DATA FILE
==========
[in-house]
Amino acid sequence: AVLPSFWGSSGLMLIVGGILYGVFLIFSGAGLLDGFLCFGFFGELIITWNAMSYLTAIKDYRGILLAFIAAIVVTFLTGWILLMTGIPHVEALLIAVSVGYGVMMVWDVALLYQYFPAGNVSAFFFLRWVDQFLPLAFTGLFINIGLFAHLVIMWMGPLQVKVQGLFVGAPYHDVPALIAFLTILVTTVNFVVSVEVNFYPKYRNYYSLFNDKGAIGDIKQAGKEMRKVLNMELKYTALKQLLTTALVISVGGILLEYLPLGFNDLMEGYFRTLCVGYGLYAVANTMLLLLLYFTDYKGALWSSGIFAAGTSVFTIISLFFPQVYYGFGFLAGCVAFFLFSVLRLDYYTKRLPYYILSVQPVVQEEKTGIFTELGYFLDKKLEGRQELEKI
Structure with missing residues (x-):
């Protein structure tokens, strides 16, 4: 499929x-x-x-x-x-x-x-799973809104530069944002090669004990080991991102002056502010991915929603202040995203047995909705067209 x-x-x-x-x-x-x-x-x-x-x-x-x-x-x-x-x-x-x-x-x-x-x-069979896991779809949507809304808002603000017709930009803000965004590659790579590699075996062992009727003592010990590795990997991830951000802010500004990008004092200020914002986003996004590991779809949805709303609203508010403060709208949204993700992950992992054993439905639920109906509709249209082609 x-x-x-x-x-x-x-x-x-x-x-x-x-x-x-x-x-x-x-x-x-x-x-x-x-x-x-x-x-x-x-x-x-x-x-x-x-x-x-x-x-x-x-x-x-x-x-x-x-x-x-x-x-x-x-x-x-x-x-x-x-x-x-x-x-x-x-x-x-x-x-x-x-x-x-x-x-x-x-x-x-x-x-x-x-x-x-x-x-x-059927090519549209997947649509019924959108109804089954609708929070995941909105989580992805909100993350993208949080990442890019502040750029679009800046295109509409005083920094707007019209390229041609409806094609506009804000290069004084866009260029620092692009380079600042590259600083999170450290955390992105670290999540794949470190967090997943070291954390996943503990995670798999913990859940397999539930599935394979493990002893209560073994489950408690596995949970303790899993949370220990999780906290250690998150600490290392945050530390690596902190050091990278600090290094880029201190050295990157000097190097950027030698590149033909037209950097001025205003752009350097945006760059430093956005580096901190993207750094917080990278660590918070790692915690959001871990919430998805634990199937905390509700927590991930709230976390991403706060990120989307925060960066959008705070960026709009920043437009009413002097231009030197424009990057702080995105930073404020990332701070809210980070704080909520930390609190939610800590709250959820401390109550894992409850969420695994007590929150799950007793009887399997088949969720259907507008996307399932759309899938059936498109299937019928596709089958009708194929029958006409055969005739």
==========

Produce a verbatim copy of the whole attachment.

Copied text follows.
[in-house]
Amino acid sequence: AVLPSFWGSSGLMLIVGGILYGVFLIFSGAGLLDGFLCFGFFGELIITWNAMSYLTAIKDYRGILLAFIAAIVVTFLTGWILLMTGIPHVEALLIAVSVGYGVMMVWDVALLYQYFPAGNVSAFFFLRWVDQFLPLAFTGLFINIGLFAHLVIMWMGPLQVKVQGLFVGAPYHDVPALIAFLTILVTTVNFVVSVEVNFYPKYRNYYSLFNDKGAIGDIKQAGKEMRKVLNMELKYTALKQLLTTALVISVGGILLEYLPLGFNDLMEGYFRTLCVGYGLYAVANTMLLLLLYFTDYKGALWSSGIFAAGTSVFTIISLFFPQVYYGFGFLAGCVAFFLFSVLRLDYYTKRLPYYILSVQPVVQEEKTGIFTELGYFLDKKLEGRQELEKI
Structure with missing residues (x-):
């Protein structure tokens, strides 16, 4: 499929x-x-x-x-x-x-x-799973809104530069944002090669004990080991991102002056502010991915929603202040995203047995909705067209 x-x-x-x-x-x-x-x-x-x-x-x-x-x-x-x-x-x-x-x-x-x-x-069979896991779809949507809304808002603000017709930009803000965004590659790579590699075996062992009727003592010990590795990997991830951000802010500004990008004092200020914002986003996004590991779809949805709303609203508010403060709208949204993700992950992992054993439905639920109906509709249209082609 x-x-x-x-x-x-x-x-x-x-x-x-x-x-x-x-x-x-x-x-x-x-x-x-x-x-x-x-x-x-x-x-x-x-x-x-x-x-x-x-x-x-x-x-x-x-x-x-x-x-x-x-x-x-x-x-x-x-x-x-x-x-x-x-x-x-x-x-x-x-x-x-x-x-x-x-x-x-x-x-x-x-x-x-x-x-x-x-x-x-059927090519549209997947649509019924959108109804089954609708929070995941909105989580992805909100993350993208949080990442890019502040750029679009800046295109509409005083920094707007019209390229041609409806094609506009804000290069004084866009260029620092692009380079600042590259600083999170450290955390992105670290999540794949470190967090997943070291954390996943503990995670798999913990859940397999539930599935394979493990002893209560073994489950408690596995949970303790899993949370220990999780906290250690998150600490290392945050530390690596902190050091990278600090290094880029201190050295990157000097190097950027030698590149033909037209950097001025205003752009350097945006760059430093956005580096901190993207750094917080990278660590918070790692915690959001871990919430998805634990199937905390509700927590991930709230976390991403706060990120989307925060960066959008705070960026709009920043437009009413002097231009030197424009990057702080995105930073404020990332701070809210980070704080909520930390609190939610800590709250959820401390109550894992409850969420695994007590929150799950007793009887399997088949969720259907507008996307399932759309899938059936498109299937019928596709089958009708194929029958006409055969005739």